Norway's Seed Vault Opens Its Doors to Save Syrian Crops


The world's only known "seed vault" tucked away in the Norwegian Arctic will open its doors for the first time, after scientists made a plea to save Syrian crops.

The International Center for Agricultural Research in the Dry Areas, previously located in Aleppo, Syria, has made a request to the "Svalbard Global Seed Vault" to send back some seeds in order for them to increase yields which are threatened by drought -and war.

“The collection holds some of the world’s most important diversity of Wheat, Barley, Grasspea and other crops," the group -- now located in Beirut, Lebanon -- said in a statement, adding that "this diversity provides our scientists, breeders and farmers the raw material needed to improve agriculture to overcome the challenges of climatic changes, population growth, pests, and diseases.”

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The Svalbard vault, located about 800 miles from the North Pole, opened in 2008 and contains seeds from tens of thousands of varieties of essential food crops such as beans, wheat and rice.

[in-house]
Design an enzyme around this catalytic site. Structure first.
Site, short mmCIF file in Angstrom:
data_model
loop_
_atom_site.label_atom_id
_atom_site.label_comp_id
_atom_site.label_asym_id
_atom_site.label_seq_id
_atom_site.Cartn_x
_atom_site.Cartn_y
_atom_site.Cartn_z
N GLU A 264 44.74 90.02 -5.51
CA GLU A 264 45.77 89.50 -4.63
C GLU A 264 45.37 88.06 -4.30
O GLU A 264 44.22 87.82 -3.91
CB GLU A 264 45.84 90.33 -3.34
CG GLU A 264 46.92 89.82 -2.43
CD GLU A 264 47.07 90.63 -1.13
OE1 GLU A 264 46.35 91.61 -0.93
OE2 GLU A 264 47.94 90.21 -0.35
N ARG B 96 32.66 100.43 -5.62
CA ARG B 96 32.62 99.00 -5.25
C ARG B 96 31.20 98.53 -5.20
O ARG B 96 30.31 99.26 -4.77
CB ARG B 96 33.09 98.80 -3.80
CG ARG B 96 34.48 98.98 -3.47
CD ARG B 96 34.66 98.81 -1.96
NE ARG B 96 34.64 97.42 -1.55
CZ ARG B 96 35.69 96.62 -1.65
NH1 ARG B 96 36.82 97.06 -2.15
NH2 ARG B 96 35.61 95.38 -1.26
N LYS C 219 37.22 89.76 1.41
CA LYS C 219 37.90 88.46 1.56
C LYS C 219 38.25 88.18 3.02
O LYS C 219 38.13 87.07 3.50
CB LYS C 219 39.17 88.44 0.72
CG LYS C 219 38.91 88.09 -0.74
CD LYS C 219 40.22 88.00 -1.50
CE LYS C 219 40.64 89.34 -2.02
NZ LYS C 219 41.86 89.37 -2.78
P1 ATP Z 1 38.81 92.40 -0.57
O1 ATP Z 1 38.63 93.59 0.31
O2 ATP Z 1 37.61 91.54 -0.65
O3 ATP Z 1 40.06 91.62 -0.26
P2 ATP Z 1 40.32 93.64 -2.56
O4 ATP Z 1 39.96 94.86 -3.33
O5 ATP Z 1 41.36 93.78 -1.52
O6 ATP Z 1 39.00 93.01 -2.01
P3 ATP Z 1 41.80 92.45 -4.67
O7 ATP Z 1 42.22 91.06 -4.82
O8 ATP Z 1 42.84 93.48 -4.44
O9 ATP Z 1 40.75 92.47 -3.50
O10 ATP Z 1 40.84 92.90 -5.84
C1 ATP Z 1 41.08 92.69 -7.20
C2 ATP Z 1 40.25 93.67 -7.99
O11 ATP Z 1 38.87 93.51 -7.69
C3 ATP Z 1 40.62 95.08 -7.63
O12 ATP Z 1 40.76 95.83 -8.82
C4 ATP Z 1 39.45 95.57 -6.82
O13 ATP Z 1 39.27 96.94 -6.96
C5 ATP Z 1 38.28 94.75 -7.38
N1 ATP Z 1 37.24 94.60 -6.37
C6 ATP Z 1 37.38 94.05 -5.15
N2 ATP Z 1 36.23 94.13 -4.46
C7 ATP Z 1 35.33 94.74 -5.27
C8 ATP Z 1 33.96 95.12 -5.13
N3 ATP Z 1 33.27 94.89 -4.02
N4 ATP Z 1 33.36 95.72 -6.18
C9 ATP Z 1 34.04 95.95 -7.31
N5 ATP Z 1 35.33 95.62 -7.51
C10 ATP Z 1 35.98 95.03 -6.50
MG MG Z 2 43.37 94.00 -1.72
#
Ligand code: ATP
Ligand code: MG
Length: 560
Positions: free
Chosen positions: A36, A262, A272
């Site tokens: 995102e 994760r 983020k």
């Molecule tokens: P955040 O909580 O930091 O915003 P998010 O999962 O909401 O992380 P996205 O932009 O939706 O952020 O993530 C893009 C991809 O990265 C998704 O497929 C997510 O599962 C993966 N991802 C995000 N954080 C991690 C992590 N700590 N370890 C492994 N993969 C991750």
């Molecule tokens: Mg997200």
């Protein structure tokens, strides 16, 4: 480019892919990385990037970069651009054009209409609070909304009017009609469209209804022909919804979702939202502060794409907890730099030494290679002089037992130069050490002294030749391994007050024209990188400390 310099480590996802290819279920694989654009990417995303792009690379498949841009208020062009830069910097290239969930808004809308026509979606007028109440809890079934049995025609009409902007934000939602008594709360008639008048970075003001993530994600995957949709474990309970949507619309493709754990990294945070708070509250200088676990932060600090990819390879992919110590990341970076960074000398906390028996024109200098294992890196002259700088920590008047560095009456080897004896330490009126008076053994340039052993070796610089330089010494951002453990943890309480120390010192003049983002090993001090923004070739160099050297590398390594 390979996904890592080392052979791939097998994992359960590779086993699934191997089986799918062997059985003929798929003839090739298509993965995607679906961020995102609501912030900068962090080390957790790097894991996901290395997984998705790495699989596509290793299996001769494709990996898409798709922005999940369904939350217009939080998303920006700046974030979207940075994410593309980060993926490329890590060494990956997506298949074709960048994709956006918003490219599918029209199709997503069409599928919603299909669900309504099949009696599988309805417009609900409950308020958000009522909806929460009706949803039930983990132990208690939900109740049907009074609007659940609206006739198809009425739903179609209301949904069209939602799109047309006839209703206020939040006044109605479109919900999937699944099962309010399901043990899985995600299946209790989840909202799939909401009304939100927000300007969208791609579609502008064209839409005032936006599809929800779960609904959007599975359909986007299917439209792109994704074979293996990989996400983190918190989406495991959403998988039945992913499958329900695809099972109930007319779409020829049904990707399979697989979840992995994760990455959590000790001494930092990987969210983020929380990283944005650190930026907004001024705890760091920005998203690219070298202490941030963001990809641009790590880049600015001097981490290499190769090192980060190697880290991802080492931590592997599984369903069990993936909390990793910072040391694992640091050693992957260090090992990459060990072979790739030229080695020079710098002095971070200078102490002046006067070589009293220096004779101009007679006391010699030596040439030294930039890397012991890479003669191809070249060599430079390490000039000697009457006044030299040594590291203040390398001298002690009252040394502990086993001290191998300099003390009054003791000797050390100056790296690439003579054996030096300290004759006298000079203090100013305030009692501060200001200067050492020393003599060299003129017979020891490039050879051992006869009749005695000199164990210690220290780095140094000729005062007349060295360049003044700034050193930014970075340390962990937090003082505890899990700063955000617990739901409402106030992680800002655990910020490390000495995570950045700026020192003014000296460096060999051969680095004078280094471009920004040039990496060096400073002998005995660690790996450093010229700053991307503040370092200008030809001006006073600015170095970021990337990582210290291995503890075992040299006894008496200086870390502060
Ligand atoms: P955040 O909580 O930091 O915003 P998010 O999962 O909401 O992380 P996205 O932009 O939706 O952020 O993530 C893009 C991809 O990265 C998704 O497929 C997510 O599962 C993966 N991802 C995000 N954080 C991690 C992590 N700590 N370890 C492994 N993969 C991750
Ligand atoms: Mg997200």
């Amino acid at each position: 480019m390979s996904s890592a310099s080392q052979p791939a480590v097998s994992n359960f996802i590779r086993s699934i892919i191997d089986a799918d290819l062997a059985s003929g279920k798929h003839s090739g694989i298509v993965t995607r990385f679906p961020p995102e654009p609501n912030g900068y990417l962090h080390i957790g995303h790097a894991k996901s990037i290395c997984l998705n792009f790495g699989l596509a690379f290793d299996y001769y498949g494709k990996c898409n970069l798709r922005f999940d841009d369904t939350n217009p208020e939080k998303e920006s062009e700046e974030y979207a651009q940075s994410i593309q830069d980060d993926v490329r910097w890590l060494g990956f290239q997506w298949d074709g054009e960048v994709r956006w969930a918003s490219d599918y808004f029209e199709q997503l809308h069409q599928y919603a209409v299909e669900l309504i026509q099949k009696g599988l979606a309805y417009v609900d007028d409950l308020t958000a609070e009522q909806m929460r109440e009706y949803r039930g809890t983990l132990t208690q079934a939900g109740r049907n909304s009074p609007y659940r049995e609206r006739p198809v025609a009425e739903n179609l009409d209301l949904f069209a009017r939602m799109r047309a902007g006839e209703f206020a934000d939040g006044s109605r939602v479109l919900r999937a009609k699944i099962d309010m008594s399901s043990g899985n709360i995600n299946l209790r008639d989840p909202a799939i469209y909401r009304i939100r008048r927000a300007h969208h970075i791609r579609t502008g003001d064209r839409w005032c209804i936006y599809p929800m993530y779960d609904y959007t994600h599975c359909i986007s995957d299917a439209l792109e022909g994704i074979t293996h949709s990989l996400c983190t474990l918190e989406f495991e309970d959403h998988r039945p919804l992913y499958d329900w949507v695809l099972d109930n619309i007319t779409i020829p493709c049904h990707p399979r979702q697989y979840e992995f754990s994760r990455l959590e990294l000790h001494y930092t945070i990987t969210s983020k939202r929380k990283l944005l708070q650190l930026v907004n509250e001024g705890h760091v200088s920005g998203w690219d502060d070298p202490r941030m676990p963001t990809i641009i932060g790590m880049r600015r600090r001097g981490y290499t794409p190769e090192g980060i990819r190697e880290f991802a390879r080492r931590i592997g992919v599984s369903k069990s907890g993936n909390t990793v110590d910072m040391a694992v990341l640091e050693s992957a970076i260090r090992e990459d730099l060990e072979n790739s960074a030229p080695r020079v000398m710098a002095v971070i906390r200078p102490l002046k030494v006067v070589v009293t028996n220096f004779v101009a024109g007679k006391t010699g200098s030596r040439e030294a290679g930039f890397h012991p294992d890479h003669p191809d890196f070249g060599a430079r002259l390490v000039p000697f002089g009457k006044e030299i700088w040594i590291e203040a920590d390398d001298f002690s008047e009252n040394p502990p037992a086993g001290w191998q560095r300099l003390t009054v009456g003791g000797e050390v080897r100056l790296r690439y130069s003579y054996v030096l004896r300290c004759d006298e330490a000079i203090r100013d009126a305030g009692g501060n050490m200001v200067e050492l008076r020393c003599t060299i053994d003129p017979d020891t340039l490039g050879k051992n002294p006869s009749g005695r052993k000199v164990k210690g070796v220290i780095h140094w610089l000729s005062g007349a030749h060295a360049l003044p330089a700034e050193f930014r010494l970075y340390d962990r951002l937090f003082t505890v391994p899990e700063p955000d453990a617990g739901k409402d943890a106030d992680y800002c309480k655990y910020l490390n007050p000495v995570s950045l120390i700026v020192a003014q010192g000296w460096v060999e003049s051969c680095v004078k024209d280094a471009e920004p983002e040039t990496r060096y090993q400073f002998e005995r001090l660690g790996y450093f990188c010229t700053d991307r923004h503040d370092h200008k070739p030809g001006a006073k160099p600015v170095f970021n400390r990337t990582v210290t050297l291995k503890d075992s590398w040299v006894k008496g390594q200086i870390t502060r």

It's official purpose is to service to the world community but many say it was created as a safeguard in the event of a nuclear war of worldwide catastrophe.

Located 393.7 feet into the rock, the rooms remain naturally frozen “even in the event of failure of the mechanical cooling system and rising external air temperatures due to climate change," according to the international non-profit Crop Trust.

Syria has been suffering a drought for years, a March 2015 study from Proceedings of the National Academy of Sciences reports, starting in 2006 and culminating in 2009.